Brits start thinking about Brexit again as economy slips into recession

Anti-Brexit protester Steve Bray (L) and a pro-Brexit protester argue as they demonstrate outside the Houses of Parliament in Westminster on January 8, 2019 in London, England.

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The UK’s growth prospects are even lower than those of Germany, whose economy is particularly exposed to higher energy prices due to its reliance on Russian gas imports. The OECD said “persistent uncertainty” coupled with higher capital costs will continue to weigh on UK business investment, which has fallen sharply since Brexit.

The UK’s independent Office for Budgetary Responsibility (OBR) has offered a bleaker outlook, projecting a 1.4% GDP contraction in 2023, even as the Bank of England and government are forced to tighten monetary policy and fiscal policy to contain inflation and prevent the economy from overheating. .

the OBR said in its economic and fiscal outlook last week that its trade forecast reflected the assumption that Brexit would result in the UK’s trade intensity (an economy’s integration with the world economy) being 15% lower over the long term than if the country had remained in the European Union.

Fall in trade intensity

In May, the OBR estimated that the UK’s new terms of trade with the EU, set out in the Trade and Cooperation Agreement (TCA) which entered into force on 1 January 2021, will be reduce long-term productivity by a relative 4% to the previous trajectory had the UK remained in the EU.

the bank of englandThe Monetary Policy Committee issued a similar projection, and former BOE policy former Michael Saunders told CNBC on Monday that a key driver of the weakness in the UK economy is reduced trade intensity due to Brexit, leading to lower productivity growth.

Saunders argued that there is “abundant evidence” that higher trade intensity, or more openness to trade in both exports and imports, increases productivity growth.

“The UK has increased trade barriers with Europe and the trade deals that have been made with other countries largely just maintain the status quo of trade with third countries: there has been no significant net increase in the intensity of trade with non-EU countries. belonging to the EU,” he said. .

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“So the overall net effect has been a significant reduction in UK trade intensity, which can be seen in the large drop in both imports and exports as a percentage of GDP since 2019 compared to trends in other economies. advanced and compared to the trends we saw in previous years.

UK trade as a percentage of GDP has fallen from around 63% in 2019 to around 55% in 2021, while domestic productivity growth is also slow. Both the Bank of England and the OBR estimate that UK potential output has fallen completely since the fourth quarter of 2019 and will endure anemic growth for years to come.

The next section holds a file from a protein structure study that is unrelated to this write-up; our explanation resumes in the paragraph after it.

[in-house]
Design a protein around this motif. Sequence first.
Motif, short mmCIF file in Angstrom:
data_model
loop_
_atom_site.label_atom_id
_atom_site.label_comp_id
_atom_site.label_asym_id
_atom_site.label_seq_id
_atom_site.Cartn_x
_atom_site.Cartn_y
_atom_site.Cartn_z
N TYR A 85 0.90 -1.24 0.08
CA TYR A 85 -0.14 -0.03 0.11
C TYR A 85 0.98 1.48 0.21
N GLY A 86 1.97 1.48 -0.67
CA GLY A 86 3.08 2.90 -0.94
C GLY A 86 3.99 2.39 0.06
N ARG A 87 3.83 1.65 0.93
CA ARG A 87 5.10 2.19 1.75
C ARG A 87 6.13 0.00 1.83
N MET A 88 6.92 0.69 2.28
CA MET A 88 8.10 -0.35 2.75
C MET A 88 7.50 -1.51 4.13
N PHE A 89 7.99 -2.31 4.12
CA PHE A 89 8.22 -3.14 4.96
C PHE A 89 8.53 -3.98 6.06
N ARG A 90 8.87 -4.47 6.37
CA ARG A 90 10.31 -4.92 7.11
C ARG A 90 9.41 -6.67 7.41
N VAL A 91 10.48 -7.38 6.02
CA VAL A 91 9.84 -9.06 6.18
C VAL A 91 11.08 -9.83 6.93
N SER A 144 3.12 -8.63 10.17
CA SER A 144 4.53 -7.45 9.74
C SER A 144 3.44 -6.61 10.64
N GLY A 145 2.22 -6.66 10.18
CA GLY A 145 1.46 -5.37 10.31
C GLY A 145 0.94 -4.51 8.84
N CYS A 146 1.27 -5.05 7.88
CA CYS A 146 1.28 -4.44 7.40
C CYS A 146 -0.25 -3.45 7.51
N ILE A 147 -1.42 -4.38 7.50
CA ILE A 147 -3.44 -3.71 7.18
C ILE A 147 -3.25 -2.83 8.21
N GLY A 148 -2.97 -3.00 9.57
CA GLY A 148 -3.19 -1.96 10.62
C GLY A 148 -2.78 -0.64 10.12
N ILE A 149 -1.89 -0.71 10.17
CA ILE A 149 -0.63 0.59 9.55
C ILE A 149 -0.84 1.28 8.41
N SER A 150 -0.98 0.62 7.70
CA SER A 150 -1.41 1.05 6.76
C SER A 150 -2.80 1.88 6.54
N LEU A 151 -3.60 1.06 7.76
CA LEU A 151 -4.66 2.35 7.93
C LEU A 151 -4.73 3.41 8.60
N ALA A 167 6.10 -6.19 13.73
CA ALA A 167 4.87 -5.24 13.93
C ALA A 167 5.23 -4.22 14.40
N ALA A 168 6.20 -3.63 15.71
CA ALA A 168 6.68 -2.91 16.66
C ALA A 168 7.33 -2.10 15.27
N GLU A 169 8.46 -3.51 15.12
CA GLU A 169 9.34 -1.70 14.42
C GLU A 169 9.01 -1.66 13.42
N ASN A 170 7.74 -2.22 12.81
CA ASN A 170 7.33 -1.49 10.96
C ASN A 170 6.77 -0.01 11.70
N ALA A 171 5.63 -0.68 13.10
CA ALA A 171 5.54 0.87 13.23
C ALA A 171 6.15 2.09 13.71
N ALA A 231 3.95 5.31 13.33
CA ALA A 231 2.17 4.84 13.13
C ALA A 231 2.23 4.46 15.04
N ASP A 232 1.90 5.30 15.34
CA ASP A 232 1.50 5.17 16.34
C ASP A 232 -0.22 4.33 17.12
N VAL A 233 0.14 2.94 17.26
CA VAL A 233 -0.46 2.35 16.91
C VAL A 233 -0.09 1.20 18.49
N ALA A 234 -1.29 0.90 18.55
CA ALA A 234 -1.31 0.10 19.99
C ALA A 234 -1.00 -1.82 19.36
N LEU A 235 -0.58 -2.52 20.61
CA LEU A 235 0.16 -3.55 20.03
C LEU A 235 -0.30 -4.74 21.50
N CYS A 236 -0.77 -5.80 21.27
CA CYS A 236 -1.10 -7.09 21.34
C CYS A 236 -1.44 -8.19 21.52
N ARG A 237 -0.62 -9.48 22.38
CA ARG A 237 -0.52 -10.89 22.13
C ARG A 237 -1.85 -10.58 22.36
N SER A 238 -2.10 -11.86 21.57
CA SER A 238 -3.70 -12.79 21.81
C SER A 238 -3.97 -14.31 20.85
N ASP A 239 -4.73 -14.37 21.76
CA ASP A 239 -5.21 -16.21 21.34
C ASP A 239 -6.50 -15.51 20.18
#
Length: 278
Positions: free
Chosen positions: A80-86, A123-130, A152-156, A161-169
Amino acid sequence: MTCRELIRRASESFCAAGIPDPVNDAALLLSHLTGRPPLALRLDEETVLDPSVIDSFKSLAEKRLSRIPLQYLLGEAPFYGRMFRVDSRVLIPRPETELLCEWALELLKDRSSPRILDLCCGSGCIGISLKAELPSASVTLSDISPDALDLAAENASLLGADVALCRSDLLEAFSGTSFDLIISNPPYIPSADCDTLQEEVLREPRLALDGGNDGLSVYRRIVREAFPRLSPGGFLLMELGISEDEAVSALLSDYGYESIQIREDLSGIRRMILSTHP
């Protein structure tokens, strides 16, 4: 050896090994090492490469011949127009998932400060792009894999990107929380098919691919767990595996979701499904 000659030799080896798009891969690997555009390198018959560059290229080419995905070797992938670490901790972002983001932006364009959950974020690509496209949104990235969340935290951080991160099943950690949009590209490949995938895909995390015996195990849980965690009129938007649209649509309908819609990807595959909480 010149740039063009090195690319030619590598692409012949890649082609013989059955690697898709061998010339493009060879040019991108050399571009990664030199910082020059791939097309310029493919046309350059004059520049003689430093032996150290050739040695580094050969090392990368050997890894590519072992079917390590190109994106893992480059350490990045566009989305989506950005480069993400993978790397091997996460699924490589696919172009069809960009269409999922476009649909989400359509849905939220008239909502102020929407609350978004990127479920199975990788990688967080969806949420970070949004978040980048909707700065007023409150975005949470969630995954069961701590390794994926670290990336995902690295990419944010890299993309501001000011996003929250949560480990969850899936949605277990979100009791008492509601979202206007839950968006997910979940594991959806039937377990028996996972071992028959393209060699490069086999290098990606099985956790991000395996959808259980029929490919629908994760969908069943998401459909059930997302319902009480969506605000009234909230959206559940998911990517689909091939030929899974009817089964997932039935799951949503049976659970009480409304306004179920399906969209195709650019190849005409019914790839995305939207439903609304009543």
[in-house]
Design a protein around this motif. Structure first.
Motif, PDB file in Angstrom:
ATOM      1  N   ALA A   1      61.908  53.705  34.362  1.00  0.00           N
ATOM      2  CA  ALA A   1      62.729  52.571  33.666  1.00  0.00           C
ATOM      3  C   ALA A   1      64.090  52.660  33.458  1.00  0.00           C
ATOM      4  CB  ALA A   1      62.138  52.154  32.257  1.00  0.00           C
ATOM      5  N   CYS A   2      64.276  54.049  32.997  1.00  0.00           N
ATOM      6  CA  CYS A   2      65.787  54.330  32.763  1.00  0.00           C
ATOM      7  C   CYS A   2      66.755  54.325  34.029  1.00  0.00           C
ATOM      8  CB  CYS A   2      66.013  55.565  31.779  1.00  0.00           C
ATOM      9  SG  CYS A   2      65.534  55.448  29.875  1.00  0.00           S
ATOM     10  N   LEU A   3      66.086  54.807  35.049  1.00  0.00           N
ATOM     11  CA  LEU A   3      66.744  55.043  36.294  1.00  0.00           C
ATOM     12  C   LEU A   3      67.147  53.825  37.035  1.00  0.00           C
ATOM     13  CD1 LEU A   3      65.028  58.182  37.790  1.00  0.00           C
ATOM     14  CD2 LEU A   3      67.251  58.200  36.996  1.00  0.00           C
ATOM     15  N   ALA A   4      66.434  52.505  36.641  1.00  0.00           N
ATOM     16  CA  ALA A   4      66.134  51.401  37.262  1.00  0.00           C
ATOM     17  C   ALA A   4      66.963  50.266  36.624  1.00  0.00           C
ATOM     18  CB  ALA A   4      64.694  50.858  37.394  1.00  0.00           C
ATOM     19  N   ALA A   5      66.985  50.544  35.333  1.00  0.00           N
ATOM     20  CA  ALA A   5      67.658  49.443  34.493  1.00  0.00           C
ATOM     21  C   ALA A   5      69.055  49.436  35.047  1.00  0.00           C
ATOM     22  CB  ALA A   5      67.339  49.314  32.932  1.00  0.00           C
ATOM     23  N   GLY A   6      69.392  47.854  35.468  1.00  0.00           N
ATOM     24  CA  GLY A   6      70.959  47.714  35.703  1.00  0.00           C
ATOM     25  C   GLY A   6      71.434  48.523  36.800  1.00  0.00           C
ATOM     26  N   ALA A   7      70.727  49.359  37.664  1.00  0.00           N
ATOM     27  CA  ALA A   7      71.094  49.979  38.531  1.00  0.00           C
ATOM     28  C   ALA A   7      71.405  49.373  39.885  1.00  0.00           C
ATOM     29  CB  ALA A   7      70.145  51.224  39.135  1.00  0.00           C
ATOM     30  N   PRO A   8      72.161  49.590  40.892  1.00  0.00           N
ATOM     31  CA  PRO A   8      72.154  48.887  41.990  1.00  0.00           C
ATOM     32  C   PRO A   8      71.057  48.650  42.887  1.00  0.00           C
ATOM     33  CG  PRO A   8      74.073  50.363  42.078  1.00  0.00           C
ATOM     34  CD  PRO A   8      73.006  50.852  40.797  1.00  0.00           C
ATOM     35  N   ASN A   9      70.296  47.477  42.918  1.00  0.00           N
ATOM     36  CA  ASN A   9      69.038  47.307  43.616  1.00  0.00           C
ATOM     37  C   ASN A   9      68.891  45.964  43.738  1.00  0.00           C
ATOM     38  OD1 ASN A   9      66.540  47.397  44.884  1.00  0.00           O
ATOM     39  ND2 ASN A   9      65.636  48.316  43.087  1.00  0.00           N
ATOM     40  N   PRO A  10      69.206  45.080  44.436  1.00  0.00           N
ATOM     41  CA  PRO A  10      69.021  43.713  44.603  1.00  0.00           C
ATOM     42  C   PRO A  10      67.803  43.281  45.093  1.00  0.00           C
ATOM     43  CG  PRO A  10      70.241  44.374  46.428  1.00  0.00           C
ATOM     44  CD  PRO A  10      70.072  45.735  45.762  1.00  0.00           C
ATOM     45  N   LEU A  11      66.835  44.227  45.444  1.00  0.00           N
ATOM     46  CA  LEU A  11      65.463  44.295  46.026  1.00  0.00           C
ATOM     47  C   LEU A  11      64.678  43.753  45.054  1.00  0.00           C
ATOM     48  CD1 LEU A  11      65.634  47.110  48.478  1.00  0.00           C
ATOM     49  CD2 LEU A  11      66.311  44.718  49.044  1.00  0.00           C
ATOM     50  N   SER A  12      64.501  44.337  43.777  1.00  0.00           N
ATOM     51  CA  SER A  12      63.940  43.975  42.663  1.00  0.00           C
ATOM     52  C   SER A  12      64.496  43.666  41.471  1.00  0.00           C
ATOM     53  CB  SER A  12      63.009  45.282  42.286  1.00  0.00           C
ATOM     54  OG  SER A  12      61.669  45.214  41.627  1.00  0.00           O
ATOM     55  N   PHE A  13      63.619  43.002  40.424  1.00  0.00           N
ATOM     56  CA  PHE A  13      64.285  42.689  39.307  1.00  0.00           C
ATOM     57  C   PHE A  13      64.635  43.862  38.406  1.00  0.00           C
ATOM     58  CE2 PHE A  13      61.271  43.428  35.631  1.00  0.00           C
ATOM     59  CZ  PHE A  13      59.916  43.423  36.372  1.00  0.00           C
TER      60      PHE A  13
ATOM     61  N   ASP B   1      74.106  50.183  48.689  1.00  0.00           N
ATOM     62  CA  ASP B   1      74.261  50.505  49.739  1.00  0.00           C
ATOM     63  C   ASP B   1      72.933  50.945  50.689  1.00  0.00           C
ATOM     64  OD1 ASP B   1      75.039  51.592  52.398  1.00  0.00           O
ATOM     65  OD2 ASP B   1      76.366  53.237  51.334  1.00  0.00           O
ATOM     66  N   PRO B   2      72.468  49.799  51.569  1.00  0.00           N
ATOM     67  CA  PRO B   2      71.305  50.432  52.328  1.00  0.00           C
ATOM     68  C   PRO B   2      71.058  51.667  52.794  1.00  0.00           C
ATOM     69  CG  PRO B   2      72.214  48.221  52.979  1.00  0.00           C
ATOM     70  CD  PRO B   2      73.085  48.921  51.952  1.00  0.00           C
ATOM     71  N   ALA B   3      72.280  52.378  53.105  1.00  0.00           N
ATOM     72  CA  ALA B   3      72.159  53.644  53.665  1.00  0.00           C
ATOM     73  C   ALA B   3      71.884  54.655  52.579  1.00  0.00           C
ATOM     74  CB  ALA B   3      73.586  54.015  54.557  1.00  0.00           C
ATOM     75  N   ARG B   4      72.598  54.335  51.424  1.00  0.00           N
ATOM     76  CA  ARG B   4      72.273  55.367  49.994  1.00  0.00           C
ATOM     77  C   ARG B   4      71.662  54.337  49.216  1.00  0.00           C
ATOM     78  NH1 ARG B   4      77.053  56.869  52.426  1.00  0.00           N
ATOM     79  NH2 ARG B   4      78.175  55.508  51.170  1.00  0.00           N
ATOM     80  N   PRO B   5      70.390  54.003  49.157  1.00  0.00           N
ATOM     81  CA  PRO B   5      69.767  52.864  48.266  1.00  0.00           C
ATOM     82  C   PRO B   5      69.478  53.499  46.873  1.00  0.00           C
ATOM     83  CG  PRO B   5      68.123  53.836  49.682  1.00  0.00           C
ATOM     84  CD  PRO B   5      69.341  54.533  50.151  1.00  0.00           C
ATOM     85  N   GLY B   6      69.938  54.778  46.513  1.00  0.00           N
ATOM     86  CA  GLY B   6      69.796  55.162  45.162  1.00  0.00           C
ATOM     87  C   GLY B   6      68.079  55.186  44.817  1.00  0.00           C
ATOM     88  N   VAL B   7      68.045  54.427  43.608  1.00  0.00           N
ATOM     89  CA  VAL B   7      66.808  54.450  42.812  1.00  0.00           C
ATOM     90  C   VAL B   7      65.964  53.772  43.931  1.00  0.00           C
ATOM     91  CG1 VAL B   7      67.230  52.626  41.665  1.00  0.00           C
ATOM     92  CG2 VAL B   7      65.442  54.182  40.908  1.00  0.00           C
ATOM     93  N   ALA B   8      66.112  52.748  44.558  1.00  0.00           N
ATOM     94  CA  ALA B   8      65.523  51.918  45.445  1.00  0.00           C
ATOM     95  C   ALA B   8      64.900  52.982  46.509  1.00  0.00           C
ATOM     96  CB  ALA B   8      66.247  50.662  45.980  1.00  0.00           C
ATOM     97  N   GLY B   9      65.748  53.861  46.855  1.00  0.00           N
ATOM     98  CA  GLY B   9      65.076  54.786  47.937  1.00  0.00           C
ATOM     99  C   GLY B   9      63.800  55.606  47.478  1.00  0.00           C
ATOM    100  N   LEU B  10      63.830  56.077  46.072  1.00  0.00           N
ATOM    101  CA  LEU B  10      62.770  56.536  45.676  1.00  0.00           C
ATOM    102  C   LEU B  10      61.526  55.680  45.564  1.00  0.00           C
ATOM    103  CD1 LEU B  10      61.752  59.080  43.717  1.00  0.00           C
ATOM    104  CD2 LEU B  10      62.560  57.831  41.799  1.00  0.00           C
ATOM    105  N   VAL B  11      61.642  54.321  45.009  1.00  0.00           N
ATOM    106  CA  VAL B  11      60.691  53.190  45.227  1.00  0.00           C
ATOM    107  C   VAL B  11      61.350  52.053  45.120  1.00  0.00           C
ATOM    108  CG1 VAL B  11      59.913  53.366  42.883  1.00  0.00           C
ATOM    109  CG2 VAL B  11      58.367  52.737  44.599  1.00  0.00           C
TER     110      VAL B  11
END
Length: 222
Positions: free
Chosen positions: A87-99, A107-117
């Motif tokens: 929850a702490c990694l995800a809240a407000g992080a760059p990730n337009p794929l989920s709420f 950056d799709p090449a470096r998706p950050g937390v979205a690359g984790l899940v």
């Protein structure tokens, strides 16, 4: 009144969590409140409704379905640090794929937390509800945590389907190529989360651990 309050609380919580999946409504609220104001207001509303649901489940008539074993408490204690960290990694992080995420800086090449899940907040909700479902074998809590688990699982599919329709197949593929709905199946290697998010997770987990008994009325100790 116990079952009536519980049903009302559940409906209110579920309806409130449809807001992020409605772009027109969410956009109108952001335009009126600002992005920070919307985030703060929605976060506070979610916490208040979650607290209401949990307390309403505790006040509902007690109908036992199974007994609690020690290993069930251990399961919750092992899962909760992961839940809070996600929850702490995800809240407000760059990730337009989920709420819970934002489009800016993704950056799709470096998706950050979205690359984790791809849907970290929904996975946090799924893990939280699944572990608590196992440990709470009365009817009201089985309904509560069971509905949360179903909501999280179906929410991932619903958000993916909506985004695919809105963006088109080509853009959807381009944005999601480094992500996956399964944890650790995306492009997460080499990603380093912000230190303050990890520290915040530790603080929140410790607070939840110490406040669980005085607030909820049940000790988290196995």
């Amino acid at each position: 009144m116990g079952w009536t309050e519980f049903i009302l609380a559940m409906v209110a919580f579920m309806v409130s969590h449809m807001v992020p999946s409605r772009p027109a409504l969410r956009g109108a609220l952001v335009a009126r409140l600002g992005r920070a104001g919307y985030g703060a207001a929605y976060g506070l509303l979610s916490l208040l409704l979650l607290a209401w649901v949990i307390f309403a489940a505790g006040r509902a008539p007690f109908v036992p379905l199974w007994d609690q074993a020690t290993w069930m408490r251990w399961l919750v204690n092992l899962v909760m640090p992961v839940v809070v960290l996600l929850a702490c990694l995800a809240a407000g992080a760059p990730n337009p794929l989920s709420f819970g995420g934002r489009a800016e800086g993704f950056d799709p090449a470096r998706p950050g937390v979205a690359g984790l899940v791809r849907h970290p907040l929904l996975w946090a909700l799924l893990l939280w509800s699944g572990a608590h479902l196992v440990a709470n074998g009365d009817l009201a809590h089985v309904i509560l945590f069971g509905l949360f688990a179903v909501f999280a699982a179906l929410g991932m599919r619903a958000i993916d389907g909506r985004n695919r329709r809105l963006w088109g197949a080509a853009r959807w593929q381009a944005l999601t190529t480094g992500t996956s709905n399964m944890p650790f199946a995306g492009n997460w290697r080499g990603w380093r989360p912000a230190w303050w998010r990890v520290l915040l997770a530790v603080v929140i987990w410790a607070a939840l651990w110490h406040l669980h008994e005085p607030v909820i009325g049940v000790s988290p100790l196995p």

New York-based Kroll Bond Rating Agency downgraded the UK even earlier The disastrous mini-budget of former Prime Minister Liz Truss in September sent bond markets into a tailspin.

Ken Egan, KBRA’s director of European sovereign credit, told CNBC last week that Brexit marked a “tipping point” for the UK, as it led to several structural weaknesses in the economy.

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“Part of the reason for our downgrade was a longer-term view that Brexit has had and will continue to have a negative impact on the UK from a credit perspective, in terms of everything from trade to government finances and the macroeconomic”.

KBRA, like OBR, the Bank of England, the International Monetary Fund, the OECD and most economists, believes that growth will slow down in the medium term as a result of Brexit.

“Trade has already suffered, the currency has weakened, but we haven’t seen the compensatory improvement in trade, investment has really been the soft spot since Brexit, business investment has really deteriorated quite a bit,” Egan explained.

“If you compare inflation at the current dynamics with the rest of the world, basic services, basic goods inflation in the UK seems to be much higher than in the rest of Europe. It’s that idea that even if the energy crisis ended tomorrow, you would still have these stickier inflation pressures in the UK.”

public mood swing

Saunders said that while some of the deterioration since the fourth quarter of 2019 was due to the coronavirus pandemic, Brexit also had a role to play, as the rise in trade barriers with the EU for businesses since the start of 2021 blocked the activity.

“If you don’t want to reverse Brexit entirely, you can still go for a softer Brexit than the one the UK chose,” he suggested.

“The UK opted for the hardest of hard Brexits and that was a choice, we could have left the EU but opted for a form of Brexit that would have put far fewer barriers in the way of trade, the intensity of trade would have suffered less, productivity would suffer less over time.

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The government of new Prime Minister Rishi Sunak is expected to seek friendlier relations with the EU than any of his predecessors, Boris Johnson and Liz Truss. However, both the Conservatives and Labor have ruled out any return to EU-aligned institutions for fear of disenfranchising voters in key pro-Brexit constituencies.

However, recent polls suggest that the public mood may have begun to change. A frequent YouGov poll earlier this month showed that 56% of the population said Britain was “wrong” to vote to leave the EU in 2016, compared to 32% who said it was the right move.

The 24-point deficit was the biggest in the series dating back to 2016, and nearly a fifth of Leave voters now believe Brexit was the wrong decision, which was also a record.

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